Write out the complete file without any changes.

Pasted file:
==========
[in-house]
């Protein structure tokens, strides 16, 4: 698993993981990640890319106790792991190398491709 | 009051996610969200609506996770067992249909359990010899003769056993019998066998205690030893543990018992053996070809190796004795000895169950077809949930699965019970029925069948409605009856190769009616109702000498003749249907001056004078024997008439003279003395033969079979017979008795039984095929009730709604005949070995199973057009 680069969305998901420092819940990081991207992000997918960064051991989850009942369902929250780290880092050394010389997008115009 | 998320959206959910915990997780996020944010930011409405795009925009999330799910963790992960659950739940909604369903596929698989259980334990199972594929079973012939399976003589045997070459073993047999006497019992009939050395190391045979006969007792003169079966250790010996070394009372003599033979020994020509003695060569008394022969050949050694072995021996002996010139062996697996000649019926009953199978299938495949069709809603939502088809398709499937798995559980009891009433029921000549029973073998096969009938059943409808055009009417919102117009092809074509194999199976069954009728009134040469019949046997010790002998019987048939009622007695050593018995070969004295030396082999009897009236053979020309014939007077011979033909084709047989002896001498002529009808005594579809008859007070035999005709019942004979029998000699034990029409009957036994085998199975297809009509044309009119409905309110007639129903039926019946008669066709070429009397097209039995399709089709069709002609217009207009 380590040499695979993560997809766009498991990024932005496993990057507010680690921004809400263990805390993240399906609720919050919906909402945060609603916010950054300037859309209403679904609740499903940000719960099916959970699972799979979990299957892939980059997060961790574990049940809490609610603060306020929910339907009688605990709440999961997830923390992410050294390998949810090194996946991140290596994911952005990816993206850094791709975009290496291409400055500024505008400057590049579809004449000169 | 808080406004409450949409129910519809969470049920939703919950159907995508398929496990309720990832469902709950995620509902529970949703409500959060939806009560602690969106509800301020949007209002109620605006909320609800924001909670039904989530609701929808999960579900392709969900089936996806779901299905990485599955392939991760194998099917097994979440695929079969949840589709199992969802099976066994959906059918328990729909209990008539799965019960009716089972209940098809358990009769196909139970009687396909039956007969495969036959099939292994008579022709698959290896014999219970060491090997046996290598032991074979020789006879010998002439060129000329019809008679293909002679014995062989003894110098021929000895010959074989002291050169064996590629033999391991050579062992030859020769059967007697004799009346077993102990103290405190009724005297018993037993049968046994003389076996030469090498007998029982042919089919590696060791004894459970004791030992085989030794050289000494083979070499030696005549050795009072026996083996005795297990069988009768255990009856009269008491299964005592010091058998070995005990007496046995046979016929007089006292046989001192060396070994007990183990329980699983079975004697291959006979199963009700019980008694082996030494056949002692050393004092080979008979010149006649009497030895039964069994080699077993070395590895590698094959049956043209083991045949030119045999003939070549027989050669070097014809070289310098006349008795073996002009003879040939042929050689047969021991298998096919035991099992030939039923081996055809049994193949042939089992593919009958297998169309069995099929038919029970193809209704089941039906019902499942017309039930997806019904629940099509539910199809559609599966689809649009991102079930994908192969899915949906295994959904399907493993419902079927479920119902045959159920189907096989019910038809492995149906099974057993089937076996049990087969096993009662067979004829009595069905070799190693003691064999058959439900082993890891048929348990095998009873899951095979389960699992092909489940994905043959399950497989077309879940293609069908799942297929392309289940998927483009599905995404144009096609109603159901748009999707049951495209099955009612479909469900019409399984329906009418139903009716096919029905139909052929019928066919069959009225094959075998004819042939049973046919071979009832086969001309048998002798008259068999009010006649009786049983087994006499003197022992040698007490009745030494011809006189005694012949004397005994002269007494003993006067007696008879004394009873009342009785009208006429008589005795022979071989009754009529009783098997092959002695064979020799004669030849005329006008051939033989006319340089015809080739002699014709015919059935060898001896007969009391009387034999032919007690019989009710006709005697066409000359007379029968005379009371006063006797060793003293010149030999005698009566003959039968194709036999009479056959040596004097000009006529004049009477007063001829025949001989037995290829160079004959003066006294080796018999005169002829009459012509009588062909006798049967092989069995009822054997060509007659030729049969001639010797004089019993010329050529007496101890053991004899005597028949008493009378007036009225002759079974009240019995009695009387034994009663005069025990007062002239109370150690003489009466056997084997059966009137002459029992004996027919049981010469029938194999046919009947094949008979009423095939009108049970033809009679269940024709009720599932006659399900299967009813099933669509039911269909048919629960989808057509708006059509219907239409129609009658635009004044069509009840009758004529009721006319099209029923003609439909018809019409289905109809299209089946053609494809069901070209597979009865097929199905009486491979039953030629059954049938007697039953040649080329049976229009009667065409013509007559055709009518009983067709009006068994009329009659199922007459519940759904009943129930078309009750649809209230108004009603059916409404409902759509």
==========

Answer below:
[in-house]
């Protein structure tokens, strides 16, 4: 698993993981990640890319106790792991190398491709 | 009051996610969200609506996770067992249909359990010899003769056993019998066998205690030893543990018992053996070809190796004795000895169950077809949930699965019970029925069948409605009856190769009616109702000498003749249907001056004078024997008439003279003395033969079979017979008795039984095929009730709604005949070995199973057009 680069969305998901420092819940990081991207992000997918960064051991989850009942369902929250780290880092050394010389997008115009 | 998320959206959910915990997780996020944010930011409405795009925009999330799910963790992960659950739940909604369903596929698989259980334990199972594929079973012939399976003589045997070459073993047999006497019992009939050395190391045979006969007792003169079966250790010996070394009372003599033979020994020509003695060569008394022969050949050694072995021996002996010139062996697996000649019926009953199978299938495949069709809603939502088809398709499937798995559980009891009433029921000549029973073998096969009938059943409808055009009417919102117009092809074509194999199976069954009728009134040469019949046997010790002998019987048939009622007695050593018995070969004295030396082999009897009236053979020309014939007077011979033909084709047989002896001498002529009808005594579809008859007070035999005709019942004979029998000699034990029409009957036994085998199975297809009509044309009119409905309110007639129903039926019946008669066709070429009397097209039995399709089709069709002609217009207009 380590040499695979993560997809766009498991990024932005496993990057507010680690921004809400263990805390993240399906609720919050919906909402945060609603916010950054300037859309209403679904609740499903940000719960099916959970699972799979979990299957892939980059997060961790574990049940809490609610603060306020929910339907009688605990709440999961997830923390992410050294390998949810090194996946991140290596994911952005990816993206850094791709975009290496291409400055500024505008400057590049579809004449000169 | 808080406004409450949409129910519809969470049920939703919950159907995508398929496990309720990832469902709950995620509902529970949703409500959060939806009560602690969106509800301020949007209002109620605006909320609800924001909670039904989530609701929808999960579900392709969900089936996806779901299905990485599955392939991760194998099917097994979440695929079969949840589709199992969802099976066994959906059918328990729909209990008539799965019960009716089972209940098809358990009769196909139970009687396909039956007969495969036959099939292994008579022709698959290896014999219970060491090997046996290598032991074979020789006879010998002439060129000329019809008679293909002679014995062989003894110098021929000895010959074989002291050169064996590629033999391991050579062992030859020769059967007697004799009346077993102990103290405190009724005297018993037993049968046994003389076996030469090498007998029982042919089919590696060791004894459970004791030992085989030794050289000494083979070499030696005549050795009072026996083996005795297990069988009768255990009856009269008491299964005592010091058998070995005990007496046995046979016929007089006292046989001192060396070994007990183990329980699983079975004697291959006979199963009700019980008694082996030494056949002692050393004092080979008979010149006649009497030895039964069994080699077993070395590895590698094959049956043209083991045949030119045999003939070549027989050669070097014809070289310098006349008795073996002009003879040939042929050689047969021991298998096919035991099992030939039923081996055809049994193949042939089992593919009958297998169309069995099929038919029970193809209704089941039906019902499942017309039930997806019904629940099509539910199809559609599966689809649009991102079930994908192969899915949906295994959904399907493993419902079927479920119902045959159920189907096989019910038809492995149906099974057993089937076996049990087969096993009662067979004829009595069905070799190693003691064999058959439900082993890891048929348990095998009873899951095979389960699992092909489940994905043959399950497989077309879940293609069908799942297929392309289940998927483009599905995404144009096609109603159901748009999707049951495209099955009612479909469900019409399984329906009418139903009716096919029905139909052929019928066919069959009225094959075998004819042939049973046919071979009832086969001309048998002798008259068999009010006649009786049983087994006499003197022992040698007490009745030494011809006189005694012949004397005994002269007494003993006067007696008879004394009873009342009785009208006429008589005795022979071989009754009529009783098997092959002695064979020799004669030849005329006008051939033989006319340089015809080739002699014709015919059935060898001896007969009391009387034999032919007690019989009710006709005697066409000359007379029968005379009371006063006797060793003293010149030999005698009566003959039968194709036999009479056959040596004097000009006529004049009477007063001829025949001989037995290829160079004959003066006294080796018999005169002829009459012509009588062909006798049967092989069995009822054997060509007659030729049969001639010797004089019993010329050529007496101890053991004899005597028949008493009378007036009225002759079974009240019995009695009387034994009663005069025990007062002239109370150690003489009466056997084997059966009137002459029992004996027919049981010469029938194999046919009947094949008979009423095939009108049970033809009679269940024709009720599932006659399900299967009813099933669509039911269909048919629960989808057509708006059509219907239409129609009658635009004044069509009840009758004529009721006319099209029923003609439909018809019409289905109809299209089946053609494809069901070209597979009865097929199905009486491979039953030629059954049938007697039953040649080329049976229009009667065409013509007559055709009518009983067709009006068994009329009659199922007459519940759904009943129930078309009750649809209230108004009603059916409404409902759509």